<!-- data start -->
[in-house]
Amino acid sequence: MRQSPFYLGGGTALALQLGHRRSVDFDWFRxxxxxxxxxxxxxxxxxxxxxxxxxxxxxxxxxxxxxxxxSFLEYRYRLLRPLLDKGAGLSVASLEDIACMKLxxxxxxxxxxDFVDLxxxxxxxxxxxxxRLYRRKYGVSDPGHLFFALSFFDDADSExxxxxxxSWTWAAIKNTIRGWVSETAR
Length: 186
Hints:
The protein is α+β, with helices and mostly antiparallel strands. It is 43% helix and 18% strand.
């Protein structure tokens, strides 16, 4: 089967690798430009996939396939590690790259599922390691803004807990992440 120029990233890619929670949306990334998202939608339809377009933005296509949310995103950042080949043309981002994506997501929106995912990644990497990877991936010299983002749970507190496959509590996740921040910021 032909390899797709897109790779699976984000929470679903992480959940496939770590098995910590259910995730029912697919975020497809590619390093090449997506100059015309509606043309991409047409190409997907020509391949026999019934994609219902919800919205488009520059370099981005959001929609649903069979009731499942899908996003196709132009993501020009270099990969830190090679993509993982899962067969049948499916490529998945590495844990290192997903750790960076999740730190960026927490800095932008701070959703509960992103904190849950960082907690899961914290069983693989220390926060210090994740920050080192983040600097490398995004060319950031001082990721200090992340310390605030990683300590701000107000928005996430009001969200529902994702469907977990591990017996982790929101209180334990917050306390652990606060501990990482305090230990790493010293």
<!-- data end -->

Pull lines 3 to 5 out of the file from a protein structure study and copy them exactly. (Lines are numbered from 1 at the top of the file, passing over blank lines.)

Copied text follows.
Length: 186
Hints:
The protein is α+β, with helices and mostly antiparallel strands. It is 43% helix and 18% strand.